The Reserve has all the makings of fine literary noir. It’s set during the Great Depression in a wealthy enclave of the Adirondacks, where a beautiful femme fatale with a secret lures a successful artist toward certain doom. They meet when Jordan Groves lands his plane on the lake to meet with Vanessa Cole’s father, a powerful businessman Jordan hopes to add to his list of affluent clients. The attraction between the twice-divorced Vanessa and the married family man Jordan is immediate and, of course, ill fated.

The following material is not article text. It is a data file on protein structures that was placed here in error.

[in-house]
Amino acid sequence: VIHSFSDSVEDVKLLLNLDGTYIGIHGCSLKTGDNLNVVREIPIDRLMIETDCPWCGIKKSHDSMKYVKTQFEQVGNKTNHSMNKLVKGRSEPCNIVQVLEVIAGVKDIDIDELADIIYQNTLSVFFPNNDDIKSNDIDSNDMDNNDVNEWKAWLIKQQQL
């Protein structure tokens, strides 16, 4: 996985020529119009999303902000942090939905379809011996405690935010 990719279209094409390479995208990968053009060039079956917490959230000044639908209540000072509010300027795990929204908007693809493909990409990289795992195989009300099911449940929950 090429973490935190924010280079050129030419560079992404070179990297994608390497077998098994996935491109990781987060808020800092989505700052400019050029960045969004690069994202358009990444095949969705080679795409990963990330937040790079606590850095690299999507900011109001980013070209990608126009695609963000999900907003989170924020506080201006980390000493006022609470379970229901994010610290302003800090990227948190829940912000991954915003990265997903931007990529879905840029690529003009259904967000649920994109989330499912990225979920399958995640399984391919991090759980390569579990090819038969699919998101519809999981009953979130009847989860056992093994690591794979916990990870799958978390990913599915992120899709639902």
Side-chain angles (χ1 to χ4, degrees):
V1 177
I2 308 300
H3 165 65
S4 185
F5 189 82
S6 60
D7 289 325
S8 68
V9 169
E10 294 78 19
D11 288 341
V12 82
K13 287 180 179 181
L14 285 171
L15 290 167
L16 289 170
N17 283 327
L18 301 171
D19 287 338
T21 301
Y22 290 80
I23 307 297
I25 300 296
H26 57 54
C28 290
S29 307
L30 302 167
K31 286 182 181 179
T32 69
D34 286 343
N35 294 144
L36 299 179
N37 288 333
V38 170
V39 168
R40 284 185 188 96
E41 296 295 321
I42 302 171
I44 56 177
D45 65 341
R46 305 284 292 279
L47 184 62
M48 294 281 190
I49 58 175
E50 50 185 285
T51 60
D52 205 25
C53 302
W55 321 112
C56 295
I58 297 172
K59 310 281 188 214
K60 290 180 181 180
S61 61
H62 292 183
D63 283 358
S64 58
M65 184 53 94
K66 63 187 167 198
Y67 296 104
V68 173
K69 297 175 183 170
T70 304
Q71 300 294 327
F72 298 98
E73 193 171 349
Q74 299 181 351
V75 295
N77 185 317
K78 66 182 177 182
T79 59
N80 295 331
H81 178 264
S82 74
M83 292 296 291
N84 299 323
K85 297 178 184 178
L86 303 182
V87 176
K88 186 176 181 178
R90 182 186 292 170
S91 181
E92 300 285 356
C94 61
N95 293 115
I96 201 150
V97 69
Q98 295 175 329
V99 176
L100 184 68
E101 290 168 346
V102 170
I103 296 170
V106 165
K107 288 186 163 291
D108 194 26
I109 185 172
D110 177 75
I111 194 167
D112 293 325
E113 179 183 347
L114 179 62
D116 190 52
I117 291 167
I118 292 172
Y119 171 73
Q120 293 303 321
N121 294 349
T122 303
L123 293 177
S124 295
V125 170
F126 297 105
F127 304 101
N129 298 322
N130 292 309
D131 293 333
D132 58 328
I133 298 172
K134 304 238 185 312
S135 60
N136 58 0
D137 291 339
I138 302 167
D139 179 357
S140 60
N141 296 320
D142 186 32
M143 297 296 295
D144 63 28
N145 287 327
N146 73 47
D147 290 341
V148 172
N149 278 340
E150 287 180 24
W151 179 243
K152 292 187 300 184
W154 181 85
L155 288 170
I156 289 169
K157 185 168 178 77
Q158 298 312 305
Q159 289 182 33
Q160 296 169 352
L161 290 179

Around eighty pages in, just when you think you know how this story is going to play out, you hit an unexpected twist and suddenly this isn’t exactly the kind of book you thought you were reading. That’s when The Reserve becomes a real page-turner.
Unfortunately, it doesn’t sustain itself and after a few more turns (but not many interesting twists) the story shifts from noir to melodrama. The conclusion is neither interesting nor satisfying. Ominous flash-forwards, interspersed between chapters, detract from the book, serving to interrupt the thrust of the story, hinting at a meaningful denouement that never comes.